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German invasion of the Soviet Union

LAURENCE REES: Was it a crazy decision that Hitler took, to invade the Soviet Union in June 1941?

GEOFFREY WAWRO: At the time, in 1941, it wasn’t a crazy decision. There were a lot of German Generals who were aghast at the prospect and there was a lot of industrial, economic, military and technocratic opinion inside Germany arguing against the invasion of the Soviet Union. Many people said, look, it’s not really a threat, let them fester in their damp Bolshevism, ultimately they’re never going to really impinge on German interests and we’ll just leave them off there in the East. And Hitler was very forthright, he intended to occupy the Western rim of the Soviet Union at a minimum and evacuate the populations, which was a nice way of saying exterminating them through starvation. And they were saying that to take all this on, to administer that territory and repopulate that territory is a big job: we’re fighting a war here, we’re not trying to remake Eurasia.

But Hitler was confident. He looked at Stalin’s progress which was pretty abominable, he’d gone through the great purges, murdered millions of his own citizens and was wildly unpopular in just about every part of the Soviet Union. He’d even purged the best generals and marshals of the Red Army. Thousands of senior officers, colonels, generals and marshals had been just exterminated, so he saw the Red Army as a shell. That’s the basis of Hitler’s statement that if he kicked in the door the whole rotten edifice would come down. He really believed it, and there was reason to believe that. And remember his generals had gainsaid him before, in Poland, in Norway, in France, they’d said this can’t be done, they’d come up with unsuitable plans, Hitler really felt that if he listened to the generals - old think - nothing would get done. So he said, I’ll exploit the domestic, political and social weaknesses of the Soviet Union, I’ll exploit the unpopularity of Stalin, I’ll exploit the weakness of the Red Army which has been ravaged by the purges, and we’ll go in and we’ll tear off at least the Western part and we’ll get the Ukraine, which will be the bread basket, we’ll be able to feed ourselves, we’ll get access to the oilfields around Baku, we’ll hunt the populations out of these areas, we’ll starve them to death, we’ll send in Germans to be employed, to work, to grow food, we’ll enslave the Russians, the Ukrainians, to grow food for us,  so net, Hitler saw this as a very good idea.  And remember he came close to success.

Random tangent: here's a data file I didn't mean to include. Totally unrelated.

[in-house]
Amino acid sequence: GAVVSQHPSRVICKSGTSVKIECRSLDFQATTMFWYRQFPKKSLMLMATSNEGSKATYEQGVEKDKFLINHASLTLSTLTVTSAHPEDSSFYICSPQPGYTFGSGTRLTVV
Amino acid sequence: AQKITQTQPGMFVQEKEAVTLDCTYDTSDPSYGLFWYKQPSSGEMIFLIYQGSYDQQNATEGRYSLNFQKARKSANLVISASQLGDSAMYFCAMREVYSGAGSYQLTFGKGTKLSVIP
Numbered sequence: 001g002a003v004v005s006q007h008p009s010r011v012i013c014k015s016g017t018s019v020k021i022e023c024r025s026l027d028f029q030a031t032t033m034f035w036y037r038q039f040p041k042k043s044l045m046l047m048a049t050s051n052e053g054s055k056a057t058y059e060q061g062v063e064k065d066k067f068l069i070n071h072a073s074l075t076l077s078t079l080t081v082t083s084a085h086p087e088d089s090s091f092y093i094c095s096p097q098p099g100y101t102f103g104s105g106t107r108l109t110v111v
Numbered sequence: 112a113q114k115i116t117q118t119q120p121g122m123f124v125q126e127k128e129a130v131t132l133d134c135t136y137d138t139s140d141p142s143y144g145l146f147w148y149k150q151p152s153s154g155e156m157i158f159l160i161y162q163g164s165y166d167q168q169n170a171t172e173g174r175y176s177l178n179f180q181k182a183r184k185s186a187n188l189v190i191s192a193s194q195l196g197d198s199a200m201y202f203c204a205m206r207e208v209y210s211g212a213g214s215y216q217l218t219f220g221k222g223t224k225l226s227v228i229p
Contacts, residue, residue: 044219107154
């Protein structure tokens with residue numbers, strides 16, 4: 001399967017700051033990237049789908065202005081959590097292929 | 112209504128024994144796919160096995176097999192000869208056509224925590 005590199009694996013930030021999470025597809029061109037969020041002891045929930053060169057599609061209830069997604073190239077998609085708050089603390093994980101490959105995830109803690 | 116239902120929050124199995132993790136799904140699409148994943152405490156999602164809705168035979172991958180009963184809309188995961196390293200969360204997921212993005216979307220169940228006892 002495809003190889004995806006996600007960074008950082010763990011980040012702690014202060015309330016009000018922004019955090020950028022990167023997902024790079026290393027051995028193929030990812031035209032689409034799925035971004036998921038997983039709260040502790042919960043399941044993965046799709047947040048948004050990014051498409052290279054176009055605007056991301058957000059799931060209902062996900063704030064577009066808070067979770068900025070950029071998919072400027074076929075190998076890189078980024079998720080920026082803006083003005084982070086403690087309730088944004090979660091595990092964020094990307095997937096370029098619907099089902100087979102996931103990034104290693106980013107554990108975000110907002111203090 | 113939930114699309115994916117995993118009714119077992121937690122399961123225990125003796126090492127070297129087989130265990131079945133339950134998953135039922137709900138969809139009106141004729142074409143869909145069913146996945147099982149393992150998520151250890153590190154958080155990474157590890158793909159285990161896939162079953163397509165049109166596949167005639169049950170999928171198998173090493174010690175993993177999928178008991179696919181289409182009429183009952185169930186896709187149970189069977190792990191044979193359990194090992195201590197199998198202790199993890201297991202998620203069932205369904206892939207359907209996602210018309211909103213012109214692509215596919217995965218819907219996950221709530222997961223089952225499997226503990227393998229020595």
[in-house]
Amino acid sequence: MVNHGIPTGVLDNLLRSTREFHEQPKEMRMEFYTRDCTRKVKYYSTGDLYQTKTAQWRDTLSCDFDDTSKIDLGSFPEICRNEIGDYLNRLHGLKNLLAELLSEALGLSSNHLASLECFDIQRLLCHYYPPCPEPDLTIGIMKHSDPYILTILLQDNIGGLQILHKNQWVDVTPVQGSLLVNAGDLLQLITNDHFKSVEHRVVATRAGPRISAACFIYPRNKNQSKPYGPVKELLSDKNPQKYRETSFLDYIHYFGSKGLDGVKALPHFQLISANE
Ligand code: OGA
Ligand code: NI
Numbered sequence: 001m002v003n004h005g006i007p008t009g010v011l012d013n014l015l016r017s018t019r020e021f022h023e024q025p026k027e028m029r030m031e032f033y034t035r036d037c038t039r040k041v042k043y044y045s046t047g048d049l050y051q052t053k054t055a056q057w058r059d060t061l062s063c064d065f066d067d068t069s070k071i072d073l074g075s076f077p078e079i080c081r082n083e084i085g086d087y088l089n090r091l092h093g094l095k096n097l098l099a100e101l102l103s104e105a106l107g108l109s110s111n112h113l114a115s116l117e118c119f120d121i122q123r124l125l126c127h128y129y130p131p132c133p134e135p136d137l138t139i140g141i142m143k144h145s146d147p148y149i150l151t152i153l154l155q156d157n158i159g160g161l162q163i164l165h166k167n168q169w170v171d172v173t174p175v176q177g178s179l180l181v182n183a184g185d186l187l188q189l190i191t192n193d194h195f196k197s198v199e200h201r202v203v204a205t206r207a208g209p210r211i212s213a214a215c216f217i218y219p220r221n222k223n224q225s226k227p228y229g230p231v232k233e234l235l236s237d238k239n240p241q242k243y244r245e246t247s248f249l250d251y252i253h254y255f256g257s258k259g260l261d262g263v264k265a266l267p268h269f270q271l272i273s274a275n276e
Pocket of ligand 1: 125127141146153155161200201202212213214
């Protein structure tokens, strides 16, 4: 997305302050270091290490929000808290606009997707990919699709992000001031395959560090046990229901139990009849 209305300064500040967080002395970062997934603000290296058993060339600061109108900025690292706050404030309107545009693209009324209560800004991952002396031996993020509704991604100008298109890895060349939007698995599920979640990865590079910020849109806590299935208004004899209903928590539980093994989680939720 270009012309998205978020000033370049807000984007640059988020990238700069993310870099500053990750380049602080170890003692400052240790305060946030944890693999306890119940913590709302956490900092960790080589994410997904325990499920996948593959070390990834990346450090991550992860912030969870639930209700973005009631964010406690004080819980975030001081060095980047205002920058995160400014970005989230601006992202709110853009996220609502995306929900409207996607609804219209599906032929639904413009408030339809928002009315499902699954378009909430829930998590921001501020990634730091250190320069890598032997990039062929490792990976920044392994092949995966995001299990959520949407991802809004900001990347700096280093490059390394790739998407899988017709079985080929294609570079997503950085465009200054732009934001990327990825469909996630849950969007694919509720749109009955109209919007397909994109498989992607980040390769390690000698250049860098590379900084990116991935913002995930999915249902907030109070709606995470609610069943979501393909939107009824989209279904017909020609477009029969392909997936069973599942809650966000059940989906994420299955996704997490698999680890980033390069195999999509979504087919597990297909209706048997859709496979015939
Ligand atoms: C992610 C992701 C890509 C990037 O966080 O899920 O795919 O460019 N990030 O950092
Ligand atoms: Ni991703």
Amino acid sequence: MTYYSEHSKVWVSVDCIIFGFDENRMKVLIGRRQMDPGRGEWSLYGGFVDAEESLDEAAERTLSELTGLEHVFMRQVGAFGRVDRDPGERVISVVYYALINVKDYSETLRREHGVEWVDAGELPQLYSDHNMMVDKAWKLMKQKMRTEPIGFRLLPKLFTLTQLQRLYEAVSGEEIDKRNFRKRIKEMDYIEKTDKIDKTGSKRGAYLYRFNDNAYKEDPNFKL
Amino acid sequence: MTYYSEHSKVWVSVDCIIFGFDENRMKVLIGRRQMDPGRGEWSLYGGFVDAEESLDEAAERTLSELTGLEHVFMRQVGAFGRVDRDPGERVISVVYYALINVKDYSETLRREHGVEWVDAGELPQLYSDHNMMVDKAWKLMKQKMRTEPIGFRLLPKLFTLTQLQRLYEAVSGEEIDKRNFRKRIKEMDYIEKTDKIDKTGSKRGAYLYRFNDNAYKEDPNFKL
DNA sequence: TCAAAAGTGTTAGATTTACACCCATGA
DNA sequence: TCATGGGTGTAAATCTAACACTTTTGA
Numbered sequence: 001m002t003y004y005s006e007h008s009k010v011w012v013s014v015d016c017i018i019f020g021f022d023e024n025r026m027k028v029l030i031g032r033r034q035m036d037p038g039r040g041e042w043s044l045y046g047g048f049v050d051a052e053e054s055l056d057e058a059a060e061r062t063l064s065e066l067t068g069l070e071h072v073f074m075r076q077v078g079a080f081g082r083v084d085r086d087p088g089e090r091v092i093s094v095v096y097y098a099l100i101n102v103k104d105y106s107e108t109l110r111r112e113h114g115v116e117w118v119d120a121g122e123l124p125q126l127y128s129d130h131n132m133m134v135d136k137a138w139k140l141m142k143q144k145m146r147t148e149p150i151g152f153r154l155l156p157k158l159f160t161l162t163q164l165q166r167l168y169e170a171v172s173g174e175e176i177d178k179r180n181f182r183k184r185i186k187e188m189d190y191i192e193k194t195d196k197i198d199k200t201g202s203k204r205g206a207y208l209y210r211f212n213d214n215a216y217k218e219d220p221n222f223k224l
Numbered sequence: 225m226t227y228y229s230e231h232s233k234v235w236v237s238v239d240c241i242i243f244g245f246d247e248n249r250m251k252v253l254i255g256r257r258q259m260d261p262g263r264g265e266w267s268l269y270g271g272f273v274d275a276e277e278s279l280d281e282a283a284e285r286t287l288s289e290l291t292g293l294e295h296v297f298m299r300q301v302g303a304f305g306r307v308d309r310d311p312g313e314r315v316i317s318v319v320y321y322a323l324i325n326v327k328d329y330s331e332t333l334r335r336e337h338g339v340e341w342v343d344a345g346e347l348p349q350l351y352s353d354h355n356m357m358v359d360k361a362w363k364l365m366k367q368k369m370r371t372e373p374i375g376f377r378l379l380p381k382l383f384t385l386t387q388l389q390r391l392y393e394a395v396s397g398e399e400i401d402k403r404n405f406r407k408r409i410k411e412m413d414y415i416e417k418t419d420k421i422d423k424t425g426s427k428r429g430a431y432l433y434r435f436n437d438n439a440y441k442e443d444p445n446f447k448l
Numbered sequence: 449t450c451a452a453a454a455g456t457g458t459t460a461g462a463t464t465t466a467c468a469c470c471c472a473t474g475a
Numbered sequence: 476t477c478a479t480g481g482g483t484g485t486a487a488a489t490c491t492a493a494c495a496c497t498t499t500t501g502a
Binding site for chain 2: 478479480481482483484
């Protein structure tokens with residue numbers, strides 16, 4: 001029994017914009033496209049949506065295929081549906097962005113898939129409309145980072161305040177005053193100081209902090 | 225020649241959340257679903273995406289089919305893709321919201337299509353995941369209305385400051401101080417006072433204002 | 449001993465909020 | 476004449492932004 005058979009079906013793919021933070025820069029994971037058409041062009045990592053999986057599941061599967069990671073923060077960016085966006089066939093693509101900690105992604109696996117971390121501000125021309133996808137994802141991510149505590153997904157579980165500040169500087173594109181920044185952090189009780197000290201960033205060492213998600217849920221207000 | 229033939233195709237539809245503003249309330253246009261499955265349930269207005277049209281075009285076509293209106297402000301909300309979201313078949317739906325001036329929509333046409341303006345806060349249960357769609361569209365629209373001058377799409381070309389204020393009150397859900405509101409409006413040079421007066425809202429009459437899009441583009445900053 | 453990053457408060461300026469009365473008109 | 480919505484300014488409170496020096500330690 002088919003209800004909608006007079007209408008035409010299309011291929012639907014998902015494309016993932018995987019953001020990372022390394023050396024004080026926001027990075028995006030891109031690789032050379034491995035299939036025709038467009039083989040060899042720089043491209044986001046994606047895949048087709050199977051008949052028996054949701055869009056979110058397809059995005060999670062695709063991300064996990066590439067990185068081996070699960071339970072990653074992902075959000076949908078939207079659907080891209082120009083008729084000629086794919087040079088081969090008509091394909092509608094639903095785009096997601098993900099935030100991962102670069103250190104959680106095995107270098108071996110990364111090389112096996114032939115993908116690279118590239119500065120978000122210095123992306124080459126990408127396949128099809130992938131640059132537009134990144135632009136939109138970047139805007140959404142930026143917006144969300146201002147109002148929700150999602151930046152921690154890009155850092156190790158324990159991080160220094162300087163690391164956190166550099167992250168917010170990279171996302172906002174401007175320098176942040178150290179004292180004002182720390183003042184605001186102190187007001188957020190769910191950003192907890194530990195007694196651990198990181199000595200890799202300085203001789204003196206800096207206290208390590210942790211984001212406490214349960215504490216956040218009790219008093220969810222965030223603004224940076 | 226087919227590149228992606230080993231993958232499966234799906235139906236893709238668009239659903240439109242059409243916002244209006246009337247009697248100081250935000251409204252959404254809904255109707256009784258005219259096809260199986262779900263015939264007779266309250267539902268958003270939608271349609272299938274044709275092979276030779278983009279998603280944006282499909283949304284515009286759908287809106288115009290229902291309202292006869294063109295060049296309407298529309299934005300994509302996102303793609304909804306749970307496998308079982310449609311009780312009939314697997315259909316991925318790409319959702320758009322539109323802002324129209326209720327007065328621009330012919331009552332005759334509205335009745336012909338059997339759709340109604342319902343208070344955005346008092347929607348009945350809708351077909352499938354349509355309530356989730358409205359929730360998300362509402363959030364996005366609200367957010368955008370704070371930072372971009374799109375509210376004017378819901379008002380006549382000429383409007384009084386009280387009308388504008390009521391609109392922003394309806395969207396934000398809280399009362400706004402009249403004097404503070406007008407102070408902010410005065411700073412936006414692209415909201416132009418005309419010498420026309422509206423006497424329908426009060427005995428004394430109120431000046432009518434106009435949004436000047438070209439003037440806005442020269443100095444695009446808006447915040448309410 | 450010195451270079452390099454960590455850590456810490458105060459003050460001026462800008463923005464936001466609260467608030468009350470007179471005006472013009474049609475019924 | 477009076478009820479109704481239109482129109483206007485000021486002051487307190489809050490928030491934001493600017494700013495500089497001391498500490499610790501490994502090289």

LAURENCE REES: Could he have won it do you think?

GEOFFREY WAWRO: He pressed awfully close but the Germans weren’t outfitted for a Winter war. They hadn’t bothered to bring along antifreeze for their vehicles or Winter uniforms because they expected it to be a short, sharp campaign and that they would kick in the door and the whole thing would fall down. They come close to succeeding.  How do you define success? Would they have sheered off the Western regions: Ukraine, Belarus, the Baltics, and contented themselves with that? Maybe the Baku Oilfields - done something along the lines of Treaty of Brest-Litovsk in March of 1918 when the German empire took the best part of the Soviet Union: the mines, the oilfields and the coal reserves. They took the best arable land in the Soviet Union and left the Bolsheviks with a relatively unproductive rump off to the East. So they could have done something along these lines that might have been a sort of success, but as it chanced the Russians were able to regroup and counterattack and then push the Germans back and then trap them in this long attritional struggle.